Dirty Dozen #11: The Negative Health Effects of Marijuana

By Laura Stack

There’s a lingering belief among marijuana advocates and large sections of the public that marijuana is safer than tobacco. This myth most likely originated from an old misconception, akin to comparing apples to oranges; not just because of the inherent differences between the plants, but because the two have typically been prepared and administered differently.

By the 1980s, tobacco had been subject to centuries of specialized breeding, and commercial products were often spiked with extra nicotine to make them more potent and addictive. Many users smoke one to three packs daily, amounting to 20-60 cigarettes—sometimes more. The most addictive users chain-smoke, igniting one cigarette from the embers of another, so they’re never without a drag.

Heavy marijuana smokers might smoke a few joints a day or hit a vape all day. Back in the early days, when marijuana was illegal everywhere and relatively rare, it was also weak, rarely exceeding 3% of the intoxicating chemical, THC. Therefore, marijuana users were sucking down a lot less smoke, and chemicals in general, than tobacco smokers. So while smoking pot has never been good for you, it’s  justifiable to argue that it was less dangerous than cigarette smoking… back then.

Not anymore. Marijuana products have evolved far beyond herb and hashish, with some concentrated products approaching 100% THC content. Even herb marijuana has been bred to provide up to 34% THC by weight. These days, some marijuana products deliver the equivalent of seven or more “old time” joints in a single dose. The human body isn’t meant to handle so much THC at once.

This is especially true for young people, whose brains aren’t yet mature. THC latches onto receptors meant for crucial brain chemicals called endocannabinoids, stunting physical and brain growth, scrambling thoughts, interfering with sleep, raising anxiety, causing depression, and affecting other natural processes. The higher amounts of chemicals introduced into the body cause other effects, including heart disease, while raising the likelihood of mental defects like psychosis, schizophrenia, and suicidal ideation. The latter can lead to actual suicide.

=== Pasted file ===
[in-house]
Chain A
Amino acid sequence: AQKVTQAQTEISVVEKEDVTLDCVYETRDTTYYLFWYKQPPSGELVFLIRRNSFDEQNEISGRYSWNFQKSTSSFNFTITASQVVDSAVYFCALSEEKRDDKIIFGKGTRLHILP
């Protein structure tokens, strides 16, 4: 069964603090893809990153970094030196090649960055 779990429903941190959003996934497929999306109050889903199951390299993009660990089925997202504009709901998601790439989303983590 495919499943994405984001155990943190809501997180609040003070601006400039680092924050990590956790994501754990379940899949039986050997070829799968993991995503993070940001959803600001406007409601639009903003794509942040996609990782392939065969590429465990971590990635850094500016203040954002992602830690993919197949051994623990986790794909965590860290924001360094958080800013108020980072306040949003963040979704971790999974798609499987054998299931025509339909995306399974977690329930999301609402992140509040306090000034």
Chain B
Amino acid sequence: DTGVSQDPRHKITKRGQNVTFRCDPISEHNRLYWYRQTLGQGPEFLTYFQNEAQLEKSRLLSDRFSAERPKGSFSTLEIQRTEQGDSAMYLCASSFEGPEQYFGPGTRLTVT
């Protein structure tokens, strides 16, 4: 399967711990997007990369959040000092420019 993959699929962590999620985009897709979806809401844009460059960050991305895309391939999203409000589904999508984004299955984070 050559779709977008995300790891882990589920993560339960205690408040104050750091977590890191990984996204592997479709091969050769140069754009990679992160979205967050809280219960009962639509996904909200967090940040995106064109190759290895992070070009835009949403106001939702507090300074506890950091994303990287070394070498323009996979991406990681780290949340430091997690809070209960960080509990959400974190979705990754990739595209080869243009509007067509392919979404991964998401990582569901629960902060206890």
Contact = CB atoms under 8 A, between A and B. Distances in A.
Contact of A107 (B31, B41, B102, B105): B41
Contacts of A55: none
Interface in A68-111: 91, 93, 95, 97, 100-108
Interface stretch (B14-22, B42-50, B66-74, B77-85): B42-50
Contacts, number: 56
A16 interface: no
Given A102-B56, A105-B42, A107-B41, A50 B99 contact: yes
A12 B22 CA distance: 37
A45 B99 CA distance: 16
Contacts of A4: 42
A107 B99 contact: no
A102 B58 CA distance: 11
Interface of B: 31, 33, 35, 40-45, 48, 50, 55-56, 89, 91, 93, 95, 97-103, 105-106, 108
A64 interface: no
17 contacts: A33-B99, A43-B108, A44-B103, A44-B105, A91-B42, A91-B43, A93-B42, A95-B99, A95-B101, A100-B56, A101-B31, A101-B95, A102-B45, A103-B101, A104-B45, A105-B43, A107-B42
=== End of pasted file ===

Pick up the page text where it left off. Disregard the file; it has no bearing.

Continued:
Marijuana smokers often suffer chronic bronchitis-like symptoms, with deep coughing jags rivalling those of long-term tobacco smokers. This derives from severe lung and airway irritation and can lead to lung cancer. In the end, rates of cancers and other lung-related ailments among pot-smokers may match up with the tobacco data.

Excerpts from the American Lung Association’s official website include, “The American Lung Association is concerned about the health impacts of marijuana use, especially on lung health. Beyond just what’s in the smoke alone, marijuana is typically smoked differently than tobacco. Marijuana smokers tend to inhale more deeply and hold their breath longer than cigarette smokers, which leads to a greater exposure per breath to tar. Secondhand marijuana smoke contains many of the same toxins and carcinogens found in directly-inhaled marijuana smoke, in similar amounts if not more. Smoking marijuana clearly damages the human lung. Research shows that smoking marijuana causes chronic bronchitis and marijuana smoke has been shown to injure the cell linings of the large airways, which could explain why smoking marijuana leads to symptoms such as chronic cough, phlegm production, wheeze and acute bronchitis. We caution the public against smoking marijuana because of the risks it poses to the lungs.”

Overindulgence in marijuana can also cause death, though this is more rare. In illnesses like Cannabinoid Hyperemesis Syndrome, users die because they vomit so much they become terribly dehydrated. Then there’s the lowered IQ and lack of ambition long-term users show. These aren’t even all the negative health effects that marijuana can have, and it may be that other cannabis-related ailments may arise that we’re not yet aware of. It’s early yet, in terms of the medical history of marijuana.

The best advice remains to avoid marijuana altogether. If you know someone using marijuana, or if you suspect your kids are, make sure to share this information about the harms of marijuana.

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